Fish or Fowl? Tangent or Trivia?
CHAPTER SEVEN –
How many kites are there?
In the 1800’s William Eddy designed a kite that became the most commonly recognized kite in the World. Mr. Eddy constructed a diamond shaped kite which was named after him. William Eddy was also the first kiteflier to attach several of his kites to the same main flying line. He used these “trains” of kites to loft weather recording instruments into the upper atmosphere. These kite trains were able to reach much higher altitudes than single kites.
In 1982 I was introduced to kite trains in a very exciting and scary way. I attended the Detroit, Michigan AKA convention in the company of Charlie Sotich from Chicago. Charlie was a pretty well known kiteflier and I was happy to carry Charlie’s gear at my first National convention.
When Charlie and I arrived, he set up next to the main stage, right in the center of the flying field. I had only about three kites in my bag. I decided to fly the best kite I had. I was on center stage! The kite I chose was a commercially made delta and it really wasn’t very stable. I was flying for about fifteen minutes when this guy comes up next to us carrying a big box. Charlie introduces me to Jack Van Gilder from Seattle, Washington. WOW! This is the president of the AKA! Jack opens the big box and begins to launch a string of plastic delta kites. They are beautiful, and they are flying perfectly, right next to my erratic delta!!! OK! OK! I’ll just move over a little.
About ten minutes after that, a little Japanese fellow walks out to the field and says “Good Morning Sotich-san!” Charlie introduces me to Masaaki Modegi, the president of the Japan Kite Association. HE BEGINS TO LAUNCH ANOTHER KITE TRAIN ON THE OTHER SIDE OF ME!
I am now trapped between two, not one, but TWO kite association presidents flying 100 kite trains only feet away from Al Hargus, who is holding onto a single line delta that is flying like a dual line stunter doing figure eights. This couldn’t get worse!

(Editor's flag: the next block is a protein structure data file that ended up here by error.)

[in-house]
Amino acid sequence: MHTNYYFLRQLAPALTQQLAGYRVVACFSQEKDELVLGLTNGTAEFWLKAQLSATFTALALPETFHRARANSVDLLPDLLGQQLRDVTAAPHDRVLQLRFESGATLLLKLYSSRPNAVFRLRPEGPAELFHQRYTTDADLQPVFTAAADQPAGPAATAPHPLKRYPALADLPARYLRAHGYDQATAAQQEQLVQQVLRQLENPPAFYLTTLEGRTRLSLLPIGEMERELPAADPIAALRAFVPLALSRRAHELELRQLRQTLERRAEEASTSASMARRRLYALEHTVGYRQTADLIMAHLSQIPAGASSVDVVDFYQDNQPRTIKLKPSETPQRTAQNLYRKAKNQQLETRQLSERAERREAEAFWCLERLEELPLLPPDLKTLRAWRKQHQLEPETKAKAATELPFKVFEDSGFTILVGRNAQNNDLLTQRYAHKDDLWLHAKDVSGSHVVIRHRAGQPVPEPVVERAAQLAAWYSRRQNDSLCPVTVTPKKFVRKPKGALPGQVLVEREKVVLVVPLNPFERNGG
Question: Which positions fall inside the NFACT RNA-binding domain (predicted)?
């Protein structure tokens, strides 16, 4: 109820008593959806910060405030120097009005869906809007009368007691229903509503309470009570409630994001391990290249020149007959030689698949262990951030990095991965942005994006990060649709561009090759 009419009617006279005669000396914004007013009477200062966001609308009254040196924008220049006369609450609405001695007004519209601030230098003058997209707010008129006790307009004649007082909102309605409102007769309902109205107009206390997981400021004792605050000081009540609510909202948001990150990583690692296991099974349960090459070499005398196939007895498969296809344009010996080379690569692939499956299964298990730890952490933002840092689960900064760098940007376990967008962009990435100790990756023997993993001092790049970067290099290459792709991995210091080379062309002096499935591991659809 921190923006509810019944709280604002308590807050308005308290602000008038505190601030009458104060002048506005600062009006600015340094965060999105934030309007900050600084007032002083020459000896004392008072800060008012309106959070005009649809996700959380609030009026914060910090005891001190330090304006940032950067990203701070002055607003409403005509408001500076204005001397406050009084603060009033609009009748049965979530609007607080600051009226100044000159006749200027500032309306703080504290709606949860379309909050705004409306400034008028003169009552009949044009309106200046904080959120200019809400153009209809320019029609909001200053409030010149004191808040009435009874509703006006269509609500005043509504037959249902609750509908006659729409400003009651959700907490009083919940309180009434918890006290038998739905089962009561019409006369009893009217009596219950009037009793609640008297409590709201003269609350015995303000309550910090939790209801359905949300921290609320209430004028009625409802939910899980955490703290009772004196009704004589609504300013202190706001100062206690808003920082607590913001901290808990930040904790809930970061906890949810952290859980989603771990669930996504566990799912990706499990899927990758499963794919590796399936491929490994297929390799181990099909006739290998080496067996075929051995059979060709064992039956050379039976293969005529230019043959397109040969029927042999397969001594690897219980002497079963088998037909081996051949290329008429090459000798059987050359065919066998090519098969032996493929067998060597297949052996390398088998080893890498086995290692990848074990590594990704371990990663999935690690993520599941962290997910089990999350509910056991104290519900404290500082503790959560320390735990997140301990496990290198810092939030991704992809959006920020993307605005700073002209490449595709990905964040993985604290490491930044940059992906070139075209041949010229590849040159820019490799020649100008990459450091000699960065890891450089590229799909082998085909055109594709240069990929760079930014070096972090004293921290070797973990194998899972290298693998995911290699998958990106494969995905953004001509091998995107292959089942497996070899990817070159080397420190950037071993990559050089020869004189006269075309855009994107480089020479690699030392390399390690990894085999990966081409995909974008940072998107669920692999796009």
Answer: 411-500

OH YEAH! Now a TV crew arrives on the field to film and interview Jack and Modegi-san. OH GREAT! I’m going to be on National TV tangling in and crashing the two most beautiful kite trains I have ever seen.
You wouldn’t believe how fast I got that kite down. I was really embarrassed and I have never flown that delta since then. BUT I did get my first introduction to what is now a sixteen year love affair with kite trains.
Did you build all those kites?
My first kite train was commercially produced. It was called “Train O Kites” and you could buy them in packages of ten each. They were 12 inches high and had plastic tubing for spars. The directions told you to tie the supplied little pieces of line to each kite and “. . . have fun!”
I needed the same size train as Jack and Masaaki flew in Detroit. I ordered ten packages of “Train O Kites” Each package had an assortment of colors. I wanted my train to have ten of each color, so I ended up buying 15 or 20 packages just to get the right colors I wanted.
I learned a lot about building and flying kite trains with that first “Train O Kites”. First thing I noticed right off was that I kept losing kites. In any kind of a breeze the line would break and I’d be chasing parts of the train across the field. These “Train O Kites” were really not designed to fly with more than 20 kites. I had over 100!
I entered the “Train O Kites” in the AKA comprehensive competition in Columbus, Ohio in 1983. No one told me that I had to actually make the kite train I entered. I guess that they felt sorry for the new kid because I was still allowed to compete. The category of Trains and Centipedes was won by Kin Kan Hsieh from Taiwan, second place was taken by Elmer Wharton of Chicago, both flying beautiful centipedes. Third place went to a train of real handmade kites made and flown by Olan and Bernice Turner. That was the last time I ever flew that “Train O Kites”.
How do you get all those kites in the air?
After seeing Olan’s train I decided that I really knew enough about trains to build my own. My first attempt was a 12 inch by 12 inch train of eddy kites. I copied the dimensions of the infamous “Train O Kites” and made 100 kites. I worked for weeks on that train. I learned about sail materials, spars, tape and lots of things that I thought would make a good train.